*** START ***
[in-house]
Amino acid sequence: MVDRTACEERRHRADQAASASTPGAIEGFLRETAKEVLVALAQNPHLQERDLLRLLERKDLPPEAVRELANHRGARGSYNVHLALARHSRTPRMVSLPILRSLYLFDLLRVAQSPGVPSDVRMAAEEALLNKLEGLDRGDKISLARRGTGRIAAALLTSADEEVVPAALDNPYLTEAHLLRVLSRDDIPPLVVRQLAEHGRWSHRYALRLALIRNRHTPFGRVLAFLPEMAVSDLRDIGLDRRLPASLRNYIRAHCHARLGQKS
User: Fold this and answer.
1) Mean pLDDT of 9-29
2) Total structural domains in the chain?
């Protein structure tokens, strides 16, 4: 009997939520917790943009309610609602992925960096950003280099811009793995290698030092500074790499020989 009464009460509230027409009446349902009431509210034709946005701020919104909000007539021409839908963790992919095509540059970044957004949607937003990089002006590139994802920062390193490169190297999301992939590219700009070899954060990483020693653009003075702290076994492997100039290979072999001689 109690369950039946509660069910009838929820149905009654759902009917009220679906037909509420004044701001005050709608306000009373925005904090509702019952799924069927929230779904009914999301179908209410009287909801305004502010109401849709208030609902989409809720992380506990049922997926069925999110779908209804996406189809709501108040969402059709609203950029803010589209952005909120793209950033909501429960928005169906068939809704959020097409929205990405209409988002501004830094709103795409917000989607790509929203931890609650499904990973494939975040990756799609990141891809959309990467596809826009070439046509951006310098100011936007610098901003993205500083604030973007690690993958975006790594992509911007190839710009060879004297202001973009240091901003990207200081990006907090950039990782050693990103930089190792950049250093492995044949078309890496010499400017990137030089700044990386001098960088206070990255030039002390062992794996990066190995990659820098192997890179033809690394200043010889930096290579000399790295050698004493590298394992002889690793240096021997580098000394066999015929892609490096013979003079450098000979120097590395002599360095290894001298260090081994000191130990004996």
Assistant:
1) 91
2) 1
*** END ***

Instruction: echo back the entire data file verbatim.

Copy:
[in-house]
Amino acid sequence: MVDRTACEERRHRADQAASASTPGAIEGFLRETAKEVLVALAQNPHLQERDLLRLLERKDLPPEAVRELANHRGARGSYNVHLALARHSRTPRMVSLPILRSLYLFDLLRVAQSPGVPSDVRMAAEEALLNKLEGLDRGDKISLARRGTGRIAAALLTSADEEVVPAALDNPYLTEAHLLRVLSRDDIPPLVVRQLAEHGRWSHRYALRLALIRNRHTPFGRVLAFLPEMAVSDLRDIGLDRRLPASLRNYIRAHCHARLGQKS
User: Fold this and answer.
1) Mean pLDDT of 9-29
2) Total structural domains in the chain?
């Protein structure tokens, strides 16, 4: 009997939520917790943009309610609602992925960096950003280099811009793995290698030092500074790499020989 009464009460509230027409009446349902009431509210034709946005701020919104909000007539021409839908963790992919095509540059970044957004949607937003990089002006590139994802920062390193490169190297999301992939590219700009070899954060990483020693653009003075702290076994492997100039290979072999001689 109690369950039946509660069910009838929820149905009654759902009917009220679906037909509420004044701001005050709608306000009373925005904090509702019952799924069927929230779904009914999301179908209410009287909801305004502010109401849709208030609902989409809720992380506990049922997926069925999110779908209804996406189809709501108040969402059709609203950029803010589209952005909120793209950033909501429960928005169906068939809704959020097409929205990405209409988002501004830094709103795409917000989607790509929203931890609650499904990973494939975040990756799609990141891809959309990467596809826009070439046509951006310098100011936007610098901003993205500083604030973007690690993958975006790594992509911007190839710009060879004297202001973009240091901003990207200081990006907090950039990782050693990103930089190792950049250093492995044949078309890496010499400017990137030089700044990386001098960088206070990255030039002390062992794996990066190995990659820098192997890179033809690394200043010889930096290579000399790295050698004493590298394992002889690793240096021997580098000394066999015929892609490096013979003079450098000979120097590395002599360095290894001298260090081994000191130990004996």
Assistant:
1) 91
2) 1